Sleep quality/efficiency will be measured using a self-reported instrument (Pittsburgh Sleep Quality Index (PSQI). The Pittsburgh Sleep Quality Index (PSQI) is a self-rated questionnaire which assesses sleep quality and disturbances over a 1-month time interval.I n scoring the PSQI, seven component scores are derived, each scored 0 (no difficulty) to 3 (severe difficulty). The component scores are summed to produce a global score (range 0 to 21). Higher scores indicate worse sleep quality.
Poor sleep quality is defined as a score of 5 or greater on the Pittsburgh Sleep Quality Index (PSQI).
- Change in average high-density lipoproteins (HDL) Cholesterol from baseline [ Time Frame: Baseline, 7 weeks post-intervention ]The difference in levels of HDL at baseline and at 7 weeks post-intervention will be measured. HDL are reported in mg/dL and a range of 40 to 59 mg/dL is normal, but it could be higher. Having HDL under 40 mg/dL increases your risk of developing heart disease and stroke.
- Change in triglycerides from baseline [ Time Frame: Baseline, 7 weeks post-intervention ]The difference in levels of triglycerides in the bloodstream at baseline and at 7 weeks post-intervention will be measured. Triglycerides are reported in mg/dL. Less than 150 milligrams per deciliter is normal, and higher levels of triglycerides have been linked to atherosclerosis, heart disease and stroke.
- Change in fasting blood glucose [ Time Frame: Baseline, 7 weeks post-intervention ]The difference in fasting blood glucose at baseline and at 7 weeks post-intervention will be measured. Fasting blood glucose is reported in mg/dL. A fasting blood sugar level less than 100 mg/dL is normal. A fasting blood sugar level from 100 to 125 mg/dL is considered prediabetes.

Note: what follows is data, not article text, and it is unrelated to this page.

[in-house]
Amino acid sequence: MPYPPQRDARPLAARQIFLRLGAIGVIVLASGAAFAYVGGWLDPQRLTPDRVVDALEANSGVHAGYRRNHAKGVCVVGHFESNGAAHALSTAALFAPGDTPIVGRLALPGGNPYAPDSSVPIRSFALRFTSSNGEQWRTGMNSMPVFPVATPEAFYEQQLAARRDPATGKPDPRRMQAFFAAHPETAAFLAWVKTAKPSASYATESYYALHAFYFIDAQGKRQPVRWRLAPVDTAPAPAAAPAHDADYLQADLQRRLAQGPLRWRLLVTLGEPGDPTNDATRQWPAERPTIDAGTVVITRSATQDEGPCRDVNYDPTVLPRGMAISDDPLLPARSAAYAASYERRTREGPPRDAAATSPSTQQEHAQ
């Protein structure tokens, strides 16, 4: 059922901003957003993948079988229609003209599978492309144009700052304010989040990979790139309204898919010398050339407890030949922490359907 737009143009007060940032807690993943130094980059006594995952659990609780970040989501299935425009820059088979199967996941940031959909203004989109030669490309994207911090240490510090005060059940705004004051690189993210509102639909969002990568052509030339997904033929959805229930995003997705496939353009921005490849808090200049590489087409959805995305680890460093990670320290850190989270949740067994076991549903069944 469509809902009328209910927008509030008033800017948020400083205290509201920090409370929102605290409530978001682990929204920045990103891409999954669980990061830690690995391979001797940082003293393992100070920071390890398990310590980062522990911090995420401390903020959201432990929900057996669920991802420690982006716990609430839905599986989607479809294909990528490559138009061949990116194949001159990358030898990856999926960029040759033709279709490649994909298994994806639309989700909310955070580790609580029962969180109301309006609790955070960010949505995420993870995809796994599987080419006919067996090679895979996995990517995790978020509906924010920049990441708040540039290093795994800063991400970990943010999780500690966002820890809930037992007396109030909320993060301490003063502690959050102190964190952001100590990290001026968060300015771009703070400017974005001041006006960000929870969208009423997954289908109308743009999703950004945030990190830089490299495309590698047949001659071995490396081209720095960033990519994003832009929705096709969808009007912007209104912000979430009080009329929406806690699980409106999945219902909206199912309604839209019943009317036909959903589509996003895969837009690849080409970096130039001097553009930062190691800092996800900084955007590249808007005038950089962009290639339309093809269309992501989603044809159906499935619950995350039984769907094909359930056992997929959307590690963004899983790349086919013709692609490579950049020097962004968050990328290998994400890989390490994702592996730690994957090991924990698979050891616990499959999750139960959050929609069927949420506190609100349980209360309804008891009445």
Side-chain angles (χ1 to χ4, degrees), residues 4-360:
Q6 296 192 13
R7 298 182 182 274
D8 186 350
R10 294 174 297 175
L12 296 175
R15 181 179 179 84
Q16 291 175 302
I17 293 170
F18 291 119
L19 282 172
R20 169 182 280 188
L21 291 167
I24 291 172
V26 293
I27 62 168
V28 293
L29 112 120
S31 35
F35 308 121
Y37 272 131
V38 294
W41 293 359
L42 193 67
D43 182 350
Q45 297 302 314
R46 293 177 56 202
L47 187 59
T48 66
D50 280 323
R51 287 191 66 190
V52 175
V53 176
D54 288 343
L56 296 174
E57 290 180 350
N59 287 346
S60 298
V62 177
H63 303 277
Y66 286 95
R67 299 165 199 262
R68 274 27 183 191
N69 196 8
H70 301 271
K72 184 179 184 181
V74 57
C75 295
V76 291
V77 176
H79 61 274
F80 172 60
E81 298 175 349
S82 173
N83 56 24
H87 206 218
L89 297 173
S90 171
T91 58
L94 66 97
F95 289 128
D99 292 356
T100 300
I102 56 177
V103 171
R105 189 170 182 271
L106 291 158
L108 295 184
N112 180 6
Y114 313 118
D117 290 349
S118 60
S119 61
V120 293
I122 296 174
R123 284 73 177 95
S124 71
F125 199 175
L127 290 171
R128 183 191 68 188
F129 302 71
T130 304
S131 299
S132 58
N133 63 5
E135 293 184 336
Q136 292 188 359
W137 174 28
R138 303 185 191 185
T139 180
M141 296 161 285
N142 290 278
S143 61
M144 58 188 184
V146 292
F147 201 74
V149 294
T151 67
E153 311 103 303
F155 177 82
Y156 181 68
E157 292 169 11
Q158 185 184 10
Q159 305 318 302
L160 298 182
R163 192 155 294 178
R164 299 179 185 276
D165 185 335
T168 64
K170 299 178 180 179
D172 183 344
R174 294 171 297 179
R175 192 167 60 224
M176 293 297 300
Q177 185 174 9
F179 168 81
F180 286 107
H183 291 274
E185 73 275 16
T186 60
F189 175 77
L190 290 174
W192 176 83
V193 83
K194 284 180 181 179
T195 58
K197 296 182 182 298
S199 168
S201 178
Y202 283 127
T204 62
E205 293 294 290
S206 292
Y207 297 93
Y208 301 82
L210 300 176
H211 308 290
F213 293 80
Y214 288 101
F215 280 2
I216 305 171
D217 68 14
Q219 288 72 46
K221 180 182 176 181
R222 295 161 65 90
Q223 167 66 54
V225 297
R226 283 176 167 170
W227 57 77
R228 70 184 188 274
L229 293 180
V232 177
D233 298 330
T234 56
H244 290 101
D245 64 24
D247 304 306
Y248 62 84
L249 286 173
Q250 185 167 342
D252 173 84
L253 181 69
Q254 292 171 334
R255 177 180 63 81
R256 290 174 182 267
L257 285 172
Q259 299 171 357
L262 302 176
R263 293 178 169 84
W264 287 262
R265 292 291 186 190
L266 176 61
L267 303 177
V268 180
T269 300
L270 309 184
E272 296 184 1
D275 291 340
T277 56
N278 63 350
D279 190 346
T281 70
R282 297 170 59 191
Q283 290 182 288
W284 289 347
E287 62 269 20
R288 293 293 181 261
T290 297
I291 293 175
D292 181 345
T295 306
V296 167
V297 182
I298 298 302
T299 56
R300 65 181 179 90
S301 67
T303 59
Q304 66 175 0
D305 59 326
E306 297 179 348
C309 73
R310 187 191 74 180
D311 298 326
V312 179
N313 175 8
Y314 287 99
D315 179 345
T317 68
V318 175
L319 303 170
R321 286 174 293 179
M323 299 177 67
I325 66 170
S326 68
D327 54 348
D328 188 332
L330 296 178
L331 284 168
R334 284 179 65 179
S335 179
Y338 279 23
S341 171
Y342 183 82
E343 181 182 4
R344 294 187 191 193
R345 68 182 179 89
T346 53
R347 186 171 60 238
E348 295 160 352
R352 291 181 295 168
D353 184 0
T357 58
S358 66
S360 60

- Change in hemoglobin A1c (HbA1c) from baseline [ Time Frame: Baseline, 7 weeks post-intervention ]The difference in the levels of HbA1c at baseline and at 7 weeks post-intervention will be measured. The A1C test result is reported as a percentage. The higher the percentage, the higher a person's blood glucose levels have been. A normal A1C level is below 5.7 percent.
- Change in Blood pressure from baseline [ Time Frame: Baseline, 7 weeks post-intervention ]
Blood pressure is the pressure of circulating blood on the walls of blood vessels, and it is measured in mm Hg.
Three seated blood pressure measurements will be made using an electronic sphygmomanometer. An average of the last two readings will be used to assess systolic and diastolic blood pressure. Blood pressure numbers of less than 120/80 mm Hg are considered within the normal range.
- Change in C-reactive protein from baseline [ Time Frame: Baseline, 7 weeks post-intervention ]C-reactive protein (CRP) is a protein made by the liver and it is a marker of inflammation in the body. Normal CRP levels are below 3.0 mg/L (the normal reference range often varies between labs). CRP will be assessed at baseline and 7 weeks post intervention.
To learn more about this study, you or your doctor may contact the study research staff using the contact information provided by the sponsor.
Please refer to this study by its ClinicalTrials.gov identifier (NCT number): NCT04160078
|Contact: Kawonda Hollandfirstname.lastname@example.org|
|Contact: Dayna Johnson, PhDemail@example.com|
|United States, Georgia|
|Atlanta, Georgia, United States, 30322|
|Contact: Dayna Johnson, PhD|
|Principal Investigator:||Dayna Johnson, PhD||Emory University|